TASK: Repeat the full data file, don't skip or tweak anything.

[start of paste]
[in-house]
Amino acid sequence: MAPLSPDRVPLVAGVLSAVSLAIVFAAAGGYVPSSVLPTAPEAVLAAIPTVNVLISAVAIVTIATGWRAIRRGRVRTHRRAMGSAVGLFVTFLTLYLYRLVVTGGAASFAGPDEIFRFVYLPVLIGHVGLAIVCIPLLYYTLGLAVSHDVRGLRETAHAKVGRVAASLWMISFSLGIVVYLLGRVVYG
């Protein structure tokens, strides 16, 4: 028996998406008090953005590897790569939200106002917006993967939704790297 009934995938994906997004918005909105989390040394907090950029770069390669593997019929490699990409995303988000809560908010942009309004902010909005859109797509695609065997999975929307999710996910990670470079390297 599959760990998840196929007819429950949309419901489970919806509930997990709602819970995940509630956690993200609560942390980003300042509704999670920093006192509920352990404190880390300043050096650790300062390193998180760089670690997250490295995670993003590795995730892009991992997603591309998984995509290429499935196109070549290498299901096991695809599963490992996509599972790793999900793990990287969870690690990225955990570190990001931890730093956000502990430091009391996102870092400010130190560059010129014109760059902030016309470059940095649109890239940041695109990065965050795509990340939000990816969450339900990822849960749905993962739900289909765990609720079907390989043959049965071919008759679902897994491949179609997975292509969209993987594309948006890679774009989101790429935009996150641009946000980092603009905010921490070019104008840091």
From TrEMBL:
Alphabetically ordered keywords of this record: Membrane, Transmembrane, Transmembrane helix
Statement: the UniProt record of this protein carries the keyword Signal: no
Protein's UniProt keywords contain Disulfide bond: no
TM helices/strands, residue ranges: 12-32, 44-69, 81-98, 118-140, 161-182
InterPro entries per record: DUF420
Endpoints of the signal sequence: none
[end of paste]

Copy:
[in-house]
Amino acid sequence: MAPLSPDRVPLVAGVLSAVSLAIVFAAAGGYVPSSVLPTAPEAVLAAIPTVNVLISAVAIVTIATGWRAIRRGRVRTHRRAMGSAVGLFVTFLTLYLYRLVVTGGAASFAGPDEIFRFVYLPVLIGHVGLAIVCIPLLYYTLGLAVSHDVRGLRETAHAKVGRVAASLWMISFSLGIVVYLLGRVVYG
């Protein structure tokens, strides 16, 4: 028996998406008090953005590897790569939200106002917006993967939704790297 009934995938994906997004918005909105989390040394907090950029770069390669593997019929490699990409995303988000809560908010942009309004902010909005859109797509695609065997999975929307999710996910990670470079390297 599959760990998840196929007819429950949309419901489970919806509930997990709602819970995940509630956690993200609560942390980003300042509704999670920093006192509920352990404190880390300043050096650790300062390193998180760089670690997250490295995670993003590795995730892009991992997603591309998984995509290429499935196109070549290498299901096991695809599963490992996509599972790793999900793990990287969870690690990225955990570190990001931890730093956000502990430091009391996102870092400010130190560059010129014109760059902030016309470059940095649109890239940041695109990065965050795509990340939000990816969450339900990822849960749905993962739900289909765990609720079907390989043959049965071919008759679902897994491949179609997975292509969209993987594309948006890679774009989101790429935009996150641009946000980092603009905010921490070019104008840091």
From TrEMBL:
Alphabetically ordered keywords of this record: Membrane, Transmembrane, Transmembrane helix
Statement: the UniProt record of this protein carries the keyword Signal: no
Protein's UniProt keywords contain Disulfide bond: no
TM helices/strands, residue ranges: 12-32, 44-69, 81-98, 118-140, 161-182
InterPro entries per record: DUF420
Endpoints of the signal sequence: none